Mountain whitefish (Prosopium wiliamsoni) caught by Dano and Gee in Mayberry Park, Reno. Oct 2014. Photo: GeeVee @bravofour.
“It spawns in October, large numbers then moving up the tributaries of lake Tahoe. The migration is said to last about two weeks, being at its height near the middle of the month…The mountain whitefish seems to be particularly fond of the eggs of spawning fishes, and sometimes their stomachs will be found filled with the eggs of their own species.” -John Otterbein Snyder, 1917
Mountain whitefish are native to many areas of the Western US, including the Truckee River. They feed during evening or night on aquatic insects, including immature forms (larvae and nymphs) of caddis flies, mayflies, stoneflies and other aquatic insects (Sigler & Sigler 1987). They tend to be bottom feeders, but sometimes feed at the surface in lakes (Rivers 1994). Mountain whitefish breed in late fall (November – December), moving into stream riffles or shallow gravel areas of lakes to spawn. They seem to prefer rivers to lakes, but some do live in Lake Tahoe (Sigler & Sigler 1987). Mountain whitefish are good for eating, but not a common target species for fisherman (Rivers 1994).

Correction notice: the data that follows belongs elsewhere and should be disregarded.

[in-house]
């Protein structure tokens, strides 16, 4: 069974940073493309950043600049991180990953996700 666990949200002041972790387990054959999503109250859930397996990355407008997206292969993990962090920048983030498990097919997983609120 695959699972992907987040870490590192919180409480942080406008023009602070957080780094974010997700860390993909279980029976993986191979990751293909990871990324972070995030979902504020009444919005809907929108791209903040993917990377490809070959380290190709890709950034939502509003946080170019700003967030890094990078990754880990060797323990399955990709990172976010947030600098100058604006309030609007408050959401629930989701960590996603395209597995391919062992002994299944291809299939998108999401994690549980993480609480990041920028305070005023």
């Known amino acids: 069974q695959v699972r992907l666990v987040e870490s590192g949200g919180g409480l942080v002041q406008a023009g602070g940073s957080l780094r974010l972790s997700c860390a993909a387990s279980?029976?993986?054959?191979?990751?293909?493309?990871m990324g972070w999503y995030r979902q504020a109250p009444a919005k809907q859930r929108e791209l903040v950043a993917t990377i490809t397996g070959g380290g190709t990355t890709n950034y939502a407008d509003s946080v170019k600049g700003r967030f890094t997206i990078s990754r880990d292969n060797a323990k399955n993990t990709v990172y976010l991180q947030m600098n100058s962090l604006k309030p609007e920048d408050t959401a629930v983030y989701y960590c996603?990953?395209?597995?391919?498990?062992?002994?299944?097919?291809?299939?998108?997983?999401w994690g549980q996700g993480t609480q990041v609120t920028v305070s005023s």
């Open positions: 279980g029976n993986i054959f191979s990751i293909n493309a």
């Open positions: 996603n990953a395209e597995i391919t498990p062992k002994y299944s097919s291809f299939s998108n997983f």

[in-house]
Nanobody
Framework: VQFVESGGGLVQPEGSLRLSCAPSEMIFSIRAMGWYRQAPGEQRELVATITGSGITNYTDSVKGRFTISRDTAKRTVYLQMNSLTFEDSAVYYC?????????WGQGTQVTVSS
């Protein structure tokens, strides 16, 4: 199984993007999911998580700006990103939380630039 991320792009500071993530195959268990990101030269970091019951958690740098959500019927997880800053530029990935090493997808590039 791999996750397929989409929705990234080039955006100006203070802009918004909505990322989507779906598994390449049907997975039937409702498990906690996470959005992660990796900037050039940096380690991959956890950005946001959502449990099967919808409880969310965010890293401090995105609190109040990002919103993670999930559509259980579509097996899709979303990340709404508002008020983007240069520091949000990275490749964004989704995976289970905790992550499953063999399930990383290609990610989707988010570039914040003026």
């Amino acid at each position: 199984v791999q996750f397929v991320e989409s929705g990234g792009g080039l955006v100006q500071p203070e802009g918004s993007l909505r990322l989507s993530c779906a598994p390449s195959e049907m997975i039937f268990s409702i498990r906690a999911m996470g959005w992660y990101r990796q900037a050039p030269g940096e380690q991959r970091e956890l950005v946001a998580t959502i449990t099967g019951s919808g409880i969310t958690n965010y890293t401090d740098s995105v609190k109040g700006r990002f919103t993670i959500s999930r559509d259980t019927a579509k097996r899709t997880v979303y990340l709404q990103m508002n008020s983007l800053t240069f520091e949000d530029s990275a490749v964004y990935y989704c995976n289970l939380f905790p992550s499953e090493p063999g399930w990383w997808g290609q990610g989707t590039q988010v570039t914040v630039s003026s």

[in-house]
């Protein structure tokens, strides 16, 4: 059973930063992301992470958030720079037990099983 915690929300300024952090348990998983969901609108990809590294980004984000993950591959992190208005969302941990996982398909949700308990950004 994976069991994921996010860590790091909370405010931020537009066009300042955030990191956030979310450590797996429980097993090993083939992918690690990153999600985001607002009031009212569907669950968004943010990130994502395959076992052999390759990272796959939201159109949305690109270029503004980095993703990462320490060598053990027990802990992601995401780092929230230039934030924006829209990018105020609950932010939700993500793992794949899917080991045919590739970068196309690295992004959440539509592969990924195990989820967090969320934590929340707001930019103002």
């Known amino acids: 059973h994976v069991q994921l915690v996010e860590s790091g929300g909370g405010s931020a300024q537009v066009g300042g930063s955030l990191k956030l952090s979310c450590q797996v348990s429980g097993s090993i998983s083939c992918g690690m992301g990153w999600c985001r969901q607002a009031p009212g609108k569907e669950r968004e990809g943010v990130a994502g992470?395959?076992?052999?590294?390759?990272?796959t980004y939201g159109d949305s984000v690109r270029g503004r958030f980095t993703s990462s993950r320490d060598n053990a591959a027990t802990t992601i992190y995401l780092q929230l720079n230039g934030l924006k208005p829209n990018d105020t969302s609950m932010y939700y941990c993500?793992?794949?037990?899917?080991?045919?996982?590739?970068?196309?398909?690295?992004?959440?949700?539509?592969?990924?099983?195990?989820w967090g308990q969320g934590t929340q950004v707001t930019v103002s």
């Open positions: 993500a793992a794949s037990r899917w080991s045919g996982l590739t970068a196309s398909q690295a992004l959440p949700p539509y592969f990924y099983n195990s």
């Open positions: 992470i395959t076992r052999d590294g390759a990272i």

Rivers, I. L. (1994). Fishes and fisheries of Nevada. Reno: University of Nevada Press.
Sigler, W. F., & Sigler, J. W. (1987). Fishes of the Great Basin: A natural history. Reno: University of Nevada Press.
Snyder, John O. 1917. The Fishes of the Lahontan System of Nevada and Northeastern California. Bulletin of the Bureau of Fisheries, Volume XXXV, 1915-16. Document No. 843, September 28, 1917.